Year: 2023 Source: Suicide and Life-Threatening Behavior. (2023), 53(4), 642-654. DOI: 10.1111/sltb.12970 SIEC No: 20231826

Introduction: Prevention of suicide-related behaviors is considered a top clinical priority within the Departments of Veterans Affairs and Defense. Despite previous literature attesting to the likely importance of situational stress as a key correlate of acute changes in suicide risk, longitudinal research into associations between situational stress and suicide-related outcomes among military personnel has been relatively limited.

Methods: The current study examined associations between situational stress, recent suicide attempt, and future suicide attempt using data from 14,508 Army soldiers and recently discharged veterans enrolled in the Army Study to Assess Risk and Resilience in Servicemembers-Longitudinal Studies (STARRS-LS).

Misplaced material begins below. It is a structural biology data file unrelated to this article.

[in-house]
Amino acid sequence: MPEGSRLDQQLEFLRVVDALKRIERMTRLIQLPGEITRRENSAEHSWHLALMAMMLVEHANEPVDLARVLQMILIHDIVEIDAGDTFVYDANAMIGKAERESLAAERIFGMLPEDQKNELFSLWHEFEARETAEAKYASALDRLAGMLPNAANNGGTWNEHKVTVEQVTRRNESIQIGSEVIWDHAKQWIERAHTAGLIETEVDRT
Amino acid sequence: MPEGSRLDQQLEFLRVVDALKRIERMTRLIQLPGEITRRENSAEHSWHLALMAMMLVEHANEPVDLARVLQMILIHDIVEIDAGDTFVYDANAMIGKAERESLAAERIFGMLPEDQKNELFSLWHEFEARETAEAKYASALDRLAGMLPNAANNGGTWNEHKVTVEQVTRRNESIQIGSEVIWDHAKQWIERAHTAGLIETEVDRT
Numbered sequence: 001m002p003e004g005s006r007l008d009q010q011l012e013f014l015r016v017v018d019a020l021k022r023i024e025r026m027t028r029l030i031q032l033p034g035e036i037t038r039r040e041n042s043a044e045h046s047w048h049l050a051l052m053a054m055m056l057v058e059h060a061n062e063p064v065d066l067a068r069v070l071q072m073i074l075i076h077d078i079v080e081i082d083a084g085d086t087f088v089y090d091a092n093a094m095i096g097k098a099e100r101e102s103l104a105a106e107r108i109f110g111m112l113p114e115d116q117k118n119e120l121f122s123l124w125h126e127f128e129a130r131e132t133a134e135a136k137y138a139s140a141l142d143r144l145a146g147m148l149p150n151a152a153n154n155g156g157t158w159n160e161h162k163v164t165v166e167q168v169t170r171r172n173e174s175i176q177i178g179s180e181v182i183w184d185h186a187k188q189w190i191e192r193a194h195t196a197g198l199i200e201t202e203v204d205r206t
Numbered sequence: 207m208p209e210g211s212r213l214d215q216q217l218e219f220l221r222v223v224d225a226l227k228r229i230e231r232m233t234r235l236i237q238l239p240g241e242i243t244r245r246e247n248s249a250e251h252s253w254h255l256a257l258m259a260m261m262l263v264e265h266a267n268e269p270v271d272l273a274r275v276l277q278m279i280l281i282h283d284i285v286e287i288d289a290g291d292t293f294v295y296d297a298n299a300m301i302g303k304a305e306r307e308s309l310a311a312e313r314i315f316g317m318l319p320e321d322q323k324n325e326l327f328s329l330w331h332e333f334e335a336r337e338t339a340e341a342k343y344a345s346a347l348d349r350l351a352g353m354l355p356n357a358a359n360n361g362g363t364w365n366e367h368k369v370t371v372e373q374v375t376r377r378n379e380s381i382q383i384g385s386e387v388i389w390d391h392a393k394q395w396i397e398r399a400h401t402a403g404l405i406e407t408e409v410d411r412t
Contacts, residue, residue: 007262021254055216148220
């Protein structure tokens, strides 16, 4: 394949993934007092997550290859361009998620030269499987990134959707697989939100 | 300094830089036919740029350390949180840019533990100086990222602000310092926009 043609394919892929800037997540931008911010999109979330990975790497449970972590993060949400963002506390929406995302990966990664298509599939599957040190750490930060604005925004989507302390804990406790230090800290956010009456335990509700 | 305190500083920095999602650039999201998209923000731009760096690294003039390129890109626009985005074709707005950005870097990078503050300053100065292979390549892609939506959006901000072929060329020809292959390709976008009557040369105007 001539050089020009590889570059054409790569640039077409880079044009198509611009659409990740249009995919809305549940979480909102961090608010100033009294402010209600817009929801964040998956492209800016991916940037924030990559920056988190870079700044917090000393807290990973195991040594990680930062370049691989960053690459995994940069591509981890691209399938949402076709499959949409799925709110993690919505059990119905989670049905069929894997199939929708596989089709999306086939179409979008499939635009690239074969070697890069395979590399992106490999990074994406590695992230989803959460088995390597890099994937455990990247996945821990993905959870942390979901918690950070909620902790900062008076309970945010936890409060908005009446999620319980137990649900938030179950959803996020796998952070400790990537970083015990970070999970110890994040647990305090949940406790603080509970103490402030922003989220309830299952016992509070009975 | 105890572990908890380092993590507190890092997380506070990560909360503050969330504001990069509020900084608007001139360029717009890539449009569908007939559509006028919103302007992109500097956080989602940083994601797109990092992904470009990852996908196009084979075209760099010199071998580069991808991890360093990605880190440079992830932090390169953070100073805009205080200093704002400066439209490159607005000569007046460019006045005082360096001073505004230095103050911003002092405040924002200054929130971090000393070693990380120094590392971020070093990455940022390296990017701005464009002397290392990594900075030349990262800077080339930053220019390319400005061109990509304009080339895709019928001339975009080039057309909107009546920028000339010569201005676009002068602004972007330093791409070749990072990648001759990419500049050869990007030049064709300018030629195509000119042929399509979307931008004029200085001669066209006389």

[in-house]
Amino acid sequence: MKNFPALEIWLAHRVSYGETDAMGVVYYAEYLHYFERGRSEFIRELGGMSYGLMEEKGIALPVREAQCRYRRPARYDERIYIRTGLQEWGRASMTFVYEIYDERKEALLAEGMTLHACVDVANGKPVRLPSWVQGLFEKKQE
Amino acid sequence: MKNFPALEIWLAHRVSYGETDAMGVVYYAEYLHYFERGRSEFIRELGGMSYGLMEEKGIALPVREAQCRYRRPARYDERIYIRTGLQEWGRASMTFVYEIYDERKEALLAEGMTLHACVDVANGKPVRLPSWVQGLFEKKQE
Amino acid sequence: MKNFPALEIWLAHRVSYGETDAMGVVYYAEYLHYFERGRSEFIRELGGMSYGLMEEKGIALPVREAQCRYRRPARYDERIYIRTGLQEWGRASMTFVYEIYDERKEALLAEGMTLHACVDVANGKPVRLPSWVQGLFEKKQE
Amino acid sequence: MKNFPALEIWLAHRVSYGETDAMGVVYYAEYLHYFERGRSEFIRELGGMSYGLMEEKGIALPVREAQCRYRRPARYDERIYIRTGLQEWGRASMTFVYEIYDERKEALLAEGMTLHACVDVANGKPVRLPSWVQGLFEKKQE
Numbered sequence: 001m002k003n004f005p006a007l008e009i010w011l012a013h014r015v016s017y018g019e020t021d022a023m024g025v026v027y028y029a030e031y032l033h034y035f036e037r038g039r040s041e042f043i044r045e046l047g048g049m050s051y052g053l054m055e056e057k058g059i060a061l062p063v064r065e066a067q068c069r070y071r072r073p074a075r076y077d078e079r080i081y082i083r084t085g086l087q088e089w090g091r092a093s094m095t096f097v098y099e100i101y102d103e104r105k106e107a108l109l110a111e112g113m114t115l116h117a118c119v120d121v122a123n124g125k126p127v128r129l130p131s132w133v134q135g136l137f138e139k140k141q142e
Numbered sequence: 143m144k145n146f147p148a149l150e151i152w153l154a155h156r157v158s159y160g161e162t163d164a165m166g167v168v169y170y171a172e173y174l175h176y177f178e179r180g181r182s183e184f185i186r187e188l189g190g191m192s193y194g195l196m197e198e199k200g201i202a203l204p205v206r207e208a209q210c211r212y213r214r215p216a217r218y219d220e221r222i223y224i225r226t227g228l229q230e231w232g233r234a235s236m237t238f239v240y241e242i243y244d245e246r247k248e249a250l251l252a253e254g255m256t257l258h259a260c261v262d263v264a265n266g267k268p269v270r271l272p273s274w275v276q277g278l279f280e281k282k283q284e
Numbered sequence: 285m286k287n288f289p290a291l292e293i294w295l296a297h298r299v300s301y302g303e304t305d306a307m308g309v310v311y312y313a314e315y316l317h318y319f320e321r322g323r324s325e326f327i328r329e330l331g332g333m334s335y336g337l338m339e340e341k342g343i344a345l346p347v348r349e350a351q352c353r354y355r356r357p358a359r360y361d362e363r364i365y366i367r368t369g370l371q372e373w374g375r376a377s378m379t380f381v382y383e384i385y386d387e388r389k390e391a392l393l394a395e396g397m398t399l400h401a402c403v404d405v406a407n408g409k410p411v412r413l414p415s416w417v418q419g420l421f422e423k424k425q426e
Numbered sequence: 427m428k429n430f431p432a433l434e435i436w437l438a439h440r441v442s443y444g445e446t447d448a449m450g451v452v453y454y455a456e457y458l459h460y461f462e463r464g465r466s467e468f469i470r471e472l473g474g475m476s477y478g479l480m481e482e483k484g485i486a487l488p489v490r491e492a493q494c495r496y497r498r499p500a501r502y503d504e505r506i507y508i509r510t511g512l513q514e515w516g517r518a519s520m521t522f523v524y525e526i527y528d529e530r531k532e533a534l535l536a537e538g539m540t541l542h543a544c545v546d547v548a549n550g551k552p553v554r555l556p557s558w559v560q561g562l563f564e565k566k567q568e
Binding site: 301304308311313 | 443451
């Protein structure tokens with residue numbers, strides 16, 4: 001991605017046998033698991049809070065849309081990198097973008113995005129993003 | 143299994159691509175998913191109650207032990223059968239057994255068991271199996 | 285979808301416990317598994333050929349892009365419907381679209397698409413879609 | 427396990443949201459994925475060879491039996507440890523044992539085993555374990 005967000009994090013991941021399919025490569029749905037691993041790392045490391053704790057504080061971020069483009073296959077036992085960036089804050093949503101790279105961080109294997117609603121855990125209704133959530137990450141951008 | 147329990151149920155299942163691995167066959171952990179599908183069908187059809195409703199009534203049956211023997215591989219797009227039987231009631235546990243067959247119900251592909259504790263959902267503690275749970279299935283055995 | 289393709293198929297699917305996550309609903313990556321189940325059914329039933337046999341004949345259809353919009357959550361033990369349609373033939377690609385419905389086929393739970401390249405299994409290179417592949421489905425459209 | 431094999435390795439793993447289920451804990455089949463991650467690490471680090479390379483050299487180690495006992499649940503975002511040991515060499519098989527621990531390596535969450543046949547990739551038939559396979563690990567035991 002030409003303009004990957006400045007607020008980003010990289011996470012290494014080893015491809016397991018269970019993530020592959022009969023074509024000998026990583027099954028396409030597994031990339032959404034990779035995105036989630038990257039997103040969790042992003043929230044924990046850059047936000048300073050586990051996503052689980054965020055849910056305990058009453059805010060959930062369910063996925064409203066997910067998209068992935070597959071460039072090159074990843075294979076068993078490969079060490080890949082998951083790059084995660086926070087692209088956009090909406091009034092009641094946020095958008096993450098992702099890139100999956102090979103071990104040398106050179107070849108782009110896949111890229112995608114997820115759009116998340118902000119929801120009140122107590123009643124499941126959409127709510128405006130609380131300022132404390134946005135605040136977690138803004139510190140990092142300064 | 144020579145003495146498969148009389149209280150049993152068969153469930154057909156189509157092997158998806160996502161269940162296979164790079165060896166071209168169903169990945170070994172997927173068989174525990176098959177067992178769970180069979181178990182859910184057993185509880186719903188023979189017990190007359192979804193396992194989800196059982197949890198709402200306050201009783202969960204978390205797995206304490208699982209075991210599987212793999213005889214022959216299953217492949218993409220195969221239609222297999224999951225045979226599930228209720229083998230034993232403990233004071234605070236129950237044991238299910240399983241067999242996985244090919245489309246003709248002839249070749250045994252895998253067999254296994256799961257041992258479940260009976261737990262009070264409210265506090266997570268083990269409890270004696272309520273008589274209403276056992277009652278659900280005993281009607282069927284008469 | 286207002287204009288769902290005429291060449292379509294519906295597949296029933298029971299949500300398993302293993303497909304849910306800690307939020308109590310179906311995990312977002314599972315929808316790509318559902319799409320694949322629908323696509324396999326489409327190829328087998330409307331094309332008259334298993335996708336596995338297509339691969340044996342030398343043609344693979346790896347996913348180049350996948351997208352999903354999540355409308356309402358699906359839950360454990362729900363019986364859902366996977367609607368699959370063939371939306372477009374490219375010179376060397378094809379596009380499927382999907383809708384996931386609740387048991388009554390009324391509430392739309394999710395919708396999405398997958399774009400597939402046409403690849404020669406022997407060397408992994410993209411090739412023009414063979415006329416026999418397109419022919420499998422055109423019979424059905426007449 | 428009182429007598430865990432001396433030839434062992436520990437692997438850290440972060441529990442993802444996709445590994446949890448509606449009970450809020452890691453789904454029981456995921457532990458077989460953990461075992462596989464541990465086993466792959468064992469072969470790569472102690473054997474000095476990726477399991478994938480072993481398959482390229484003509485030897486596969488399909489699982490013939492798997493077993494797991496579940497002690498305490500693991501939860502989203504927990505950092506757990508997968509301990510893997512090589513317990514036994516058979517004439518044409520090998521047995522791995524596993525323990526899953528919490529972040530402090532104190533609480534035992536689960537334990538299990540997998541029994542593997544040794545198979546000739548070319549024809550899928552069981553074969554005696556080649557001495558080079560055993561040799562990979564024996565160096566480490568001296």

Results: Recent situational stress was more common among recently discharged veterans (vs. soldiers), those with a recent suicide attempt (vs. those without), and those with a subsequent suicide attempt (vs. those without). Job loss was more closely associated with suicide attempts among soldiers, whereas financial crisis, police contact, and death, illness, or injury of close others were more closely associated with suicide attempts among recently discharged veterans.

Conclusion: Findings further highlight situational stress as a salient risk factor for suicide-related outcomes among military personnel, particularly among recently discharged veterans. Implications for screening and treatment of at-risk military personnel are discussed.